Raise a Glass—A Contemporary Response to Animal-Shaped Vessels from the Ancient World


Saturday, October 13, 2018, 4:00pm to 7:00pm


Harvard Art Museums, 32 Quincy Street

Join us to celebrate the opening of Raise a Glass—A Contemporary Response to Animal-Shaped Vessels from the Ancient World, an exhibition at the Harvard Ceramics Program that is inspired by our current special exhibition, Animal-Shaped Vessels from the Ancient World: Feasting with Gods, Heroes, and Kings.

On view from October 13 through November 26, 2018, Raise a Glass features contemporary ceramic artists responding to the elaborate vessels featured in the Animal-Shaped Vessels exhibition. Fourteen internationally recognized contemporary sculptors and vessel makers were invited to seek inspiration in subject matter, form, function and/or culture of origin from these ancient vessels, which illustrate how shapes, artistic forms, ideas, and traditions have been exchanged across borders throughout time.

The intent of Raise a Glass is for artists to work with the time-honored materials of ceramic, metal, and glass to honor and provide a complementary view into the mind of ancient makers represented in the Harvard Art Museums exhibition.

During the opening reception, the public will have the chance to enrich their viewing experience through a hands-on encounter with materials and process. Artists from the Harvard Ceramics Program will demonstrate the use of ceramic press molds developed for research purposes for Harvard Art Museums curators. Participants will be invited to try press molding their own terracotta animal-head drinking vessels.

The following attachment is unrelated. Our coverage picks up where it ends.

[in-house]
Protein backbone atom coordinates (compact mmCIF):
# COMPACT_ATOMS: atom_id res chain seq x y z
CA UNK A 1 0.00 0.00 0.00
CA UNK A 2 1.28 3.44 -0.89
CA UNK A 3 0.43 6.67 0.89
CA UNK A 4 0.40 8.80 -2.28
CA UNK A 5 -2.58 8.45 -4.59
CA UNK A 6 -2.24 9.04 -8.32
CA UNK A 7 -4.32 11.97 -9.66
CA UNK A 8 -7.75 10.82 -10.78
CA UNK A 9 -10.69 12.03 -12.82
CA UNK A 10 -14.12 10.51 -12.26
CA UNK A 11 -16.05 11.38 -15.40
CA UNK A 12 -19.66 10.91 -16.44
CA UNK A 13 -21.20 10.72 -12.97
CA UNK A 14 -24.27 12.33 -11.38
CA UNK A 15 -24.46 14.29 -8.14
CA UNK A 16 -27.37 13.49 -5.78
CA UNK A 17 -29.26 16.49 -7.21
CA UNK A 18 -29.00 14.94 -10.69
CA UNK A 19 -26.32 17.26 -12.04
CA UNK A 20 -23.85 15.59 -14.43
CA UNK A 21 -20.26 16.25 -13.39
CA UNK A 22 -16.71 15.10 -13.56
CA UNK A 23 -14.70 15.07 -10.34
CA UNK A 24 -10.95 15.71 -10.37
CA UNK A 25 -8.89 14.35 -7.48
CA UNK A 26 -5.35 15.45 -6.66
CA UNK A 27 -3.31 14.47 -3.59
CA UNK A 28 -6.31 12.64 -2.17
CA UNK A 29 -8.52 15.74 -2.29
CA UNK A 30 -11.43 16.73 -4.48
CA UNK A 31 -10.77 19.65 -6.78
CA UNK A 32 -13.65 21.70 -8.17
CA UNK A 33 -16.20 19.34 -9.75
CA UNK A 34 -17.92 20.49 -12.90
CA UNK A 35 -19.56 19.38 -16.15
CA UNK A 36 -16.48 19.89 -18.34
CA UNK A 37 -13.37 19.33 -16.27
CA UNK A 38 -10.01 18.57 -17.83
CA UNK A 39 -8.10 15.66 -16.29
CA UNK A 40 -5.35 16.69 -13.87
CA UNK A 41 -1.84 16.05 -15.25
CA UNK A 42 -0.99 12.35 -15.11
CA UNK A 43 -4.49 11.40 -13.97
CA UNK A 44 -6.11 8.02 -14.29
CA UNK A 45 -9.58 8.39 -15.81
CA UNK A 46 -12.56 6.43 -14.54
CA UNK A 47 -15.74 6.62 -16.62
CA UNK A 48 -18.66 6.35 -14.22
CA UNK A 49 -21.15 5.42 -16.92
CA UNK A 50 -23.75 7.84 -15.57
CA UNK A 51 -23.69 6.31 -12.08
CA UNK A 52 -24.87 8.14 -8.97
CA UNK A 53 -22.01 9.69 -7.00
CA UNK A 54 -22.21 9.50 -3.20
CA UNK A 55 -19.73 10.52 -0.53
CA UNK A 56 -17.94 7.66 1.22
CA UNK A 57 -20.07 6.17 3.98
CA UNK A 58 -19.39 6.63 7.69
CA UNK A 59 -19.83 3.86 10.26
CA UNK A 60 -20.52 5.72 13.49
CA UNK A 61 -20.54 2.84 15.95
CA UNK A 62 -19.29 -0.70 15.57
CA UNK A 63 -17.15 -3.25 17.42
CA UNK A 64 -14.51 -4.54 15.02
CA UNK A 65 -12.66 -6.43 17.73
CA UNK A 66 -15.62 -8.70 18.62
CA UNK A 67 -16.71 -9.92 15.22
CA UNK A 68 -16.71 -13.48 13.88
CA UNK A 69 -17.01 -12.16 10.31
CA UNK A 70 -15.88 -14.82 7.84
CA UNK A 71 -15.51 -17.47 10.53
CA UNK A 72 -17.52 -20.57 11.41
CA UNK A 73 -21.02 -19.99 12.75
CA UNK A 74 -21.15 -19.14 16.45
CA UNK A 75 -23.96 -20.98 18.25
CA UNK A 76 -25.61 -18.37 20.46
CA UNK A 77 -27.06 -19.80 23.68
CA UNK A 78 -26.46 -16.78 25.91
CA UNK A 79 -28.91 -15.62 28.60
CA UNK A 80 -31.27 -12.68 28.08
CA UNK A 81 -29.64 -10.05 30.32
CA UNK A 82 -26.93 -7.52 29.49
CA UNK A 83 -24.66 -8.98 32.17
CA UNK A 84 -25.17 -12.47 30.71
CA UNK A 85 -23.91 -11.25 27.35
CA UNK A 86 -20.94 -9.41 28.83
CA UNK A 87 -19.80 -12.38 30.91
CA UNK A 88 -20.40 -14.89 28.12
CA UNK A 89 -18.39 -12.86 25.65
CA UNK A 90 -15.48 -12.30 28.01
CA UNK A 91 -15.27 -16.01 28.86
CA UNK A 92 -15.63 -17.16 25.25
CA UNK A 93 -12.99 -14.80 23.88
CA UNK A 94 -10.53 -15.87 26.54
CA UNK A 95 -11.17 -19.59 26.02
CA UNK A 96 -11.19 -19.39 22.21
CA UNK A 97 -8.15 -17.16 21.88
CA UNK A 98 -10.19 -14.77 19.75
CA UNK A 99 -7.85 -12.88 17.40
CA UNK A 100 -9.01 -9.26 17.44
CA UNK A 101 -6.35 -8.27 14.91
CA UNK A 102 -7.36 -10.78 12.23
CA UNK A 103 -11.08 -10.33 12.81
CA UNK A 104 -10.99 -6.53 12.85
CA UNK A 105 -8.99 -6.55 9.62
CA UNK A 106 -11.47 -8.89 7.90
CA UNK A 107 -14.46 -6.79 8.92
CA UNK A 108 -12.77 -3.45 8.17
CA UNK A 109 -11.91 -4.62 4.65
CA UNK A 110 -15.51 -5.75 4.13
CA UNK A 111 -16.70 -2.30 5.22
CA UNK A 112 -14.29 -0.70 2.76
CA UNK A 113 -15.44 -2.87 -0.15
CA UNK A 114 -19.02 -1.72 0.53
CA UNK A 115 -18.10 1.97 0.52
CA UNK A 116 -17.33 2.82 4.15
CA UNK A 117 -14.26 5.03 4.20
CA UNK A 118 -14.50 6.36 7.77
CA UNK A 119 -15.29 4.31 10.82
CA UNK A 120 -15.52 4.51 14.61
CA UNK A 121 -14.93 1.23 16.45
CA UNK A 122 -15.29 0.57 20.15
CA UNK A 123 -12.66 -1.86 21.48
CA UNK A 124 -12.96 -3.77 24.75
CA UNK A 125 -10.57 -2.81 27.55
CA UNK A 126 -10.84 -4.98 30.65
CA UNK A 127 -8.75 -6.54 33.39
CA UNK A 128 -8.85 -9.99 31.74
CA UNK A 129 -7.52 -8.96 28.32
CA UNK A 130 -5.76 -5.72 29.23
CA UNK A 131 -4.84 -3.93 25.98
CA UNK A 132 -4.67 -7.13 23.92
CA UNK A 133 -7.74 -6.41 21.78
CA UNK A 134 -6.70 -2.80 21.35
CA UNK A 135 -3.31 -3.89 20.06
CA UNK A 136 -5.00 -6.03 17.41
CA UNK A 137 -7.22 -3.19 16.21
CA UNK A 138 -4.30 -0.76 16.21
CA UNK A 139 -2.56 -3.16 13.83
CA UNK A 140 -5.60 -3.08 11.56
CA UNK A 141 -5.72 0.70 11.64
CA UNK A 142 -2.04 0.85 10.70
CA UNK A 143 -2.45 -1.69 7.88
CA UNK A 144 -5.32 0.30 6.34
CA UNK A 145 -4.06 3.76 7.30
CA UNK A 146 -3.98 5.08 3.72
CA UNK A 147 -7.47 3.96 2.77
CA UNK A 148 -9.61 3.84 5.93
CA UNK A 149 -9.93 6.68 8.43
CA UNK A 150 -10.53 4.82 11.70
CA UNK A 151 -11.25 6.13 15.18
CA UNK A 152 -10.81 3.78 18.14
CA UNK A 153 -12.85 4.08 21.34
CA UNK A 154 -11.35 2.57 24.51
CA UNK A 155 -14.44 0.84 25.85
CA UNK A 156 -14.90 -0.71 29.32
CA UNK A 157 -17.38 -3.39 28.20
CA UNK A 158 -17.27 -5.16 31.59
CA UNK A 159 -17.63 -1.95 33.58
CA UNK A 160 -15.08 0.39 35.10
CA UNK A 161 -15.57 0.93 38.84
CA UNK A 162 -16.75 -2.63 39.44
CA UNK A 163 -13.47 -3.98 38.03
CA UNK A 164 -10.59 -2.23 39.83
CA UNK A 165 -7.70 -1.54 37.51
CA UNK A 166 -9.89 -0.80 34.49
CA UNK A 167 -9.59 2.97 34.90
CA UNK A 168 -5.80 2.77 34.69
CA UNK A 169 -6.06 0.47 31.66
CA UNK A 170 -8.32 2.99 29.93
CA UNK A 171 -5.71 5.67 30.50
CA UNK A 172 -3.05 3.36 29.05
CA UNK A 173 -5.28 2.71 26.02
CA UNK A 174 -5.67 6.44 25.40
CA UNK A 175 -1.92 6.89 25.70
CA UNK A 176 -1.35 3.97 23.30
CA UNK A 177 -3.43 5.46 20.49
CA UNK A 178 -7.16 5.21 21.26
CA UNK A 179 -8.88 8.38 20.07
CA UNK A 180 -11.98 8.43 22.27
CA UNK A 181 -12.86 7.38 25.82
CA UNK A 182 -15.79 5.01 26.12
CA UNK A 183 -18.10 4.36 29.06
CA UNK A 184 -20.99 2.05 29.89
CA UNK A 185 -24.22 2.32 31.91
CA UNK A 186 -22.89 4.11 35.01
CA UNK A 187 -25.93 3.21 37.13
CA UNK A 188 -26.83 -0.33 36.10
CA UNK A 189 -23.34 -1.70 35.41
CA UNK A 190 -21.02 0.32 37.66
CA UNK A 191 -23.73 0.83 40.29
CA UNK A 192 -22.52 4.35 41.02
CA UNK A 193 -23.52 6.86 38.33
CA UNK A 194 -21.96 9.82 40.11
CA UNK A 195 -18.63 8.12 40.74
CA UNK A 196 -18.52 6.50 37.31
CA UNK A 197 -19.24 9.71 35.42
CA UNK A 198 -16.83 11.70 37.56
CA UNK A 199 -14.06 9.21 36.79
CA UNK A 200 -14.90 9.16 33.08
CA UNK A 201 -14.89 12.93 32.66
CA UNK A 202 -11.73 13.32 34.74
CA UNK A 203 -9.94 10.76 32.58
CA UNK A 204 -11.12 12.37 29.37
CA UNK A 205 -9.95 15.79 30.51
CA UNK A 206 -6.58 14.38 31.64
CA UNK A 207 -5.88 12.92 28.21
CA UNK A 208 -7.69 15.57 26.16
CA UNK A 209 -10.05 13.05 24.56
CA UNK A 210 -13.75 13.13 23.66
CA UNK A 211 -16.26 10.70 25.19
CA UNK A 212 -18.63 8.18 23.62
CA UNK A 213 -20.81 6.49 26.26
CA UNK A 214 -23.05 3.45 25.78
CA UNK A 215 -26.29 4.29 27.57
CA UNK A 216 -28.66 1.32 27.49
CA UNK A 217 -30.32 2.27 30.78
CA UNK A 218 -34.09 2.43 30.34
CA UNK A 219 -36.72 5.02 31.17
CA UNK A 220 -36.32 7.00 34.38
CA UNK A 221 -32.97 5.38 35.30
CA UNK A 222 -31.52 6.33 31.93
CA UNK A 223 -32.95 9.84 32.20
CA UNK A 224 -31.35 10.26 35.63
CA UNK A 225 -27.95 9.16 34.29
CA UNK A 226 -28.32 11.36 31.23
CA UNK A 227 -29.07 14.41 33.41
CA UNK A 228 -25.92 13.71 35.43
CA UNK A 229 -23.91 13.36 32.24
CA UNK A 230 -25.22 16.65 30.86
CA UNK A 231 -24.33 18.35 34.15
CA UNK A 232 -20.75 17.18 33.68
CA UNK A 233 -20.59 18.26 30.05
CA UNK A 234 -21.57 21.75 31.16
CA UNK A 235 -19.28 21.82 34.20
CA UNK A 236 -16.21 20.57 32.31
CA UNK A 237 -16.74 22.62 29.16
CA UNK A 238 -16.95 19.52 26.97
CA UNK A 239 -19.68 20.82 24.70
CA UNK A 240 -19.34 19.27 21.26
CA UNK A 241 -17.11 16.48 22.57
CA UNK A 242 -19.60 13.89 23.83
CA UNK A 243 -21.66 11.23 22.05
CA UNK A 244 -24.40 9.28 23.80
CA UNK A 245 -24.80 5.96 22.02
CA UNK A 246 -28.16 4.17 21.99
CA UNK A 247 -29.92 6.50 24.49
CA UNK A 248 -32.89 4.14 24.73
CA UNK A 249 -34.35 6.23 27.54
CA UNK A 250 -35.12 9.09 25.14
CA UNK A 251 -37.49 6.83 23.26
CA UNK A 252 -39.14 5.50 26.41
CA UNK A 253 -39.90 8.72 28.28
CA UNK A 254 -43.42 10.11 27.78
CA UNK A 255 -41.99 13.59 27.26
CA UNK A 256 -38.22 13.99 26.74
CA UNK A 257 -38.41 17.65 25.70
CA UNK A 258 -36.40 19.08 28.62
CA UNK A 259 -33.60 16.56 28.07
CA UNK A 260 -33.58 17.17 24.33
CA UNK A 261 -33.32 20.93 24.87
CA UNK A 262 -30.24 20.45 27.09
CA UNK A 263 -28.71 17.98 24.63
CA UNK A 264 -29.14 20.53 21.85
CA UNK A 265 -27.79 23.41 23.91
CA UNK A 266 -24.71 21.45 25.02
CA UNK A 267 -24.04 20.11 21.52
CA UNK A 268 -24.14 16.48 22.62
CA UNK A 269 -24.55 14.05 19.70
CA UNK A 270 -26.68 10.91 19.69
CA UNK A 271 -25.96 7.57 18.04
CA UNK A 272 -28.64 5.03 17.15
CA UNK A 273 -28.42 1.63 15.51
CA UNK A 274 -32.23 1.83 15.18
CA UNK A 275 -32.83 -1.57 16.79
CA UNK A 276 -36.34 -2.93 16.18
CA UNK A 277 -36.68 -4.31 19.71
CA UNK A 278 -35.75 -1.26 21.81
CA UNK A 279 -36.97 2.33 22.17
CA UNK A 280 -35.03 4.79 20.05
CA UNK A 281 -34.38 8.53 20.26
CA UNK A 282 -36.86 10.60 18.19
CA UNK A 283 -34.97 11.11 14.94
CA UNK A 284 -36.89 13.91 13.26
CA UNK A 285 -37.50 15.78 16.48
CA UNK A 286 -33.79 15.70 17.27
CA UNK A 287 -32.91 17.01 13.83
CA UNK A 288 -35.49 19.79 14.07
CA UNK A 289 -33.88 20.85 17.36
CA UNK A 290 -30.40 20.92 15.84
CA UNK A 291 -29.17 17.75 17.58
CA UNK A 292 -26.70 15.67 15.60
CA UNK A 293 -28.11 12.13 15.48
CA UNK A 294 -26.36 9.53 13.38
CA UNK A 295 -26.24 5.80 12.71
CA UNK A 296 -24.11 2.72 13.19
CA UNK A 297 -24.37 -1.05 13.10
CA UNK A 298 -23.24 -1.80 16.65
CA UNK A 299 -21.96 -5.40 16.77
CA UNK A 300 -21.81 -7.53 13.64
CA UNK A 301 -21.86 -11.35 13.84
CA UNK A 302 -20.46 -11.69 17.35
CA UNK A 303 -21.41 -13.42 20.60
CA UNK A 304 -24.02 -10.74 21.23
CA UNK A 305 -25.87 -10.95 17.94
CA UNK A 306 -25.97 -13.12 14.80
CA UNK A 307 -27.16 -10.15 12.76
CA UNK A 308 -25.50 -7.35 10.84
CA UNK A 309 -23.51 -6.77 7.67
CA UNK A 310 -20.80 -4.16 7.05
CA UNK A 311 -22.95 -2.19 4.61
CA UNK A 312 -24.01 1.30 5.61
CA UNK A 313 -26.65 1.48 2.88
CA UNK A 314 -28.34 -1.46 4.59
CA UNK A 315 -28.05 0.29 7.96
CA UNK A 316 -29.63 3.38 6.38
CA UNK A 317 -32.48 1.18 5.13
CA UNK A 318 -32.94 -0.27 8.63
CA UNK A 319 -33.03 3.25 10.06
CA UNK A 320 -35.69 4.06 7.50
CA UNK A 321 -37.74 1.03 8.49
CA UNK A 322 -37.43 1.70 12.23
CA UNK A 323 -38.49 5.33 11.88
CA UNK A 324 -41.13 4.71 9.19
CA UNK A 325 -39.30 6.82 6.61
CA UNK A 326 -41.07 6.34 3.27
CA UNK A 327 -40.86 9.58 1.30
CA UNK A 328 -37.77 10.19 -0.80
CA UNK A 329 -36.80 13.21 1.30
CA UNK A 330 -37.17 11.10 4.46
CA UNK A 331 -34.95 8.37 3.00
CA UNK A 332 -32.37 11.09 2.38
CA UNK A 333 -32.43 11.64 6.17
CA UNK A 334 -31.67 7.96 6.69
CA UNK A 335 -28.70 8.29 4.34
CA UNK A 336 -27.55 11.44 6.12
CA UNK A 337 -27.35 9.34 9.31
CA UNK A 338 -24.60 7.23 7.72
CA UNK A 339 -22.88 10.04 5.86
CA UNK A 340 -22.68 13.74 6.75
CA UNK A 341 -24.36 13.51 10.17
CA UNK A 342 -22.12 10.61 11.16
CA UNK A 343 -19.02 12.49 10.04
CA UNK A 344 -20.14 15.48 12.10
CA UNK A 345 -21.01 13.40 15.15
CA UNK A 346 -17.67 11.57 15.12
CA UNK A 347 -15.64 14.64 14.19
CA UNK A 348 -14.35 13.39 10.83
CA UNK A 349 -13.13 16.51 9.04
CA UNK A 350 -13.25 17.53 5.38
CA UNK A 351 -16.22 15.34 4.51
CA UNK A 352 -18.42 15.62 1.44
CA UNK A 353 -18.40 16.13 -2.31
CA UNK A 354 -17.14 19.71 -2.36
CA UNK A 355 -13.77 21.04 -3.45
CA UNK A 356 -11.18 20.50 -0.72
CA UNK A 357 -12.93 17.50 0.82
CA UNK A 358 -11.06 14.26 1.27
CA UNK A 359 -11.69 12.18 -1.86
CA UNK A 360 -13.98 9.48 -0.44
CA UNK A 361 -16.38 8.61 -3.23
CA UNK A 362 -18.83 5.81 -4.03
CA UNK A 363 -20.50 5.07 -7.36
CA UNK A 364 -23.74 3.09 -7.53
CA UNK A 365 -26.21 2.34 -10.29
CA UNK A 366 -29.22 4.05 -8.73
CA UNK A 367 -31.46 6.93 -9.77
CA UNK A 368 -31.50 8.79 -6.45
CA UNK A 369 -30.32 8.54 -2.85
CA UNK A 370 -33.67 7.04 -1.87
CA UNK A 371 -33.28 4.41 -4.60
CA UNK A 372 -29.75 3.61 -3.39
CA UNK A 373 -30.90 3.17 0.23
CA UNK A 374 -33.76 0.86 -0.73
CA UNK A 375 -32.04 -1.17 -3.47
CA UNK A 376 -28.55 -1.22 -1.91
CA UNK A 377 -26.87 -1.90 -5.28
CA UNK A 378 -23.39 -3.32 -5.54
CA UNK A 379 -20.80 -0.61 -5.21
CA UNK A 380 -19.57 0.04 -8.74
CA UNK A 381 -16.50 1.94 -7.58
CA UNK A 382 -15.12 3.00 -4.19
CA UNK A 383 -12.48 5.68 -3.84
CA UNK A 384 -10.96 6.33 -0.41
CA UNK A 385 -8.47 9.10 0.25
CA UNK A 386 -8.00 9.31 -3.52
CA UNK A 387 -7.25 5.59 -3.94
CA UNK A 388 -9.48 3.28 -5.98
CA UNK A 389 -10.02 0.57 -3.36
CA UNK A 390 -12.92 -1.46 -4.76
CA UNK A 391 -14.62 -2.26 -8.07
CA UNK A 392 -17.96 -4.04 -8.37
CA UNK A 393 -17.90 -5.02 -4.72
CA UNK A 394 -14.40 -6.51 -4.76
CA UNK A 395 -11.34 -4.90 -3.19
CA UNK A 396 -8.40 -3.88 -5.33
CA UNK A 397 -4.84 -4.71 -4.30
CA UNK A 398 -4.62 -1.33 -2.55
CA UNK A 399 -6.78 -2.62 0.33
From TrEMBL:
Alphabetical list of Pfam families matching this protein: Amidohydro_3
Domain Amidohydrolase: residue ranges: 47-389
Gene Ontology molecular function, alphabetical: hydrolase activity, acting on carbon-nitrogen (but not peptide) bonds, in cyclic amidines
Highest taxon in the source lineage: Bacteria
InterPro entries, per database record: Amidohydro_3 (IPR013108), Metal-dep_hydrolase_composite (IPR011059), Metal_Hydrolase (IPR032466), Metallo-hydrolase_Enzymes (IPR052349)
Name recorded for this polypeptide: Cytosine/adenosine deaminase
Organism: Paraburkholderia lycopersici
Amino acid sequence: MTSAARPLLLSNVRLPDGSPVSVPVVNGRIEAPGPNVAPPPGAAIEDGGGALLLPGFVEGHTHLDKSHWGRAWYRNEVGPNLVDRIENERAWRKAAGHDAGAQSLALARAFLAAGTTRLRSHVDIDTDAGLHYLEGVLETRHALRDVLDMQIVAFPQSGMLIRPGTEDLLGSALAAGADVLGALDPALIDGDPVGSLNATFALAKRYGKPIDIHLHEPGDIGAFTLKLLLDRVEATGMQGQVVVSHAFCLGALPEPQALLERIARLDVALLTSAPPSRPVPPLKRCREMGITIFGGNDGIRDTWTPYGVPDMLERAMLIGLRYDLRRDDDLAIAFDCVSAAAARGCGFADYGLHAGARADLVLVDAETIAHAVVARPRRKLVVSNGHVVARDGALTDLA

Co-sponsored by the Harvard Ceramics Program and the Harvard Art Museums, in conjunction with Animal-Shaped Vessels from the Ancient World: Feasting with Gods, Heroes, and Kings, on view at the Harvard Art Museums from September 7, 2018 through January 6, 2019.

Free admission

This opening reception and public demonstration will take place at the Harvard Ceramics Program, 224 Western Avenue, Allston. For directions, please visit the Harvard Ceramics Program website.

Support for this event—as well as crucial support for the Animal-Shaped Vessels exhibition—has been provided by the National Endowment for the Humanities: Exploring the Human Endeavor. In addition, the Harvard Art Museums are deeply grateful to the anonymous donor of a gift in memory of Melvin R. Seiden and to Malcolm H. Wiener (Harvard A.B. ’57, J.D. ’63) and Michael and Helen Lehmann for enabling us to mount this exhibition and to pursue the related research. This work was also made possible in part by the David M. Robinson Fund; the Andrew W. Mellon Publication Funds, including the Henry P. McIlhenny Fund; and the M. Victor Leventritt Fund, which brings outstanding scholars of the history and theory of art to the Harvard and Greater Boston communities through the generosity of the wife, children, and friends of the late M. Victor Leventritt, Harvard Class of 1935.

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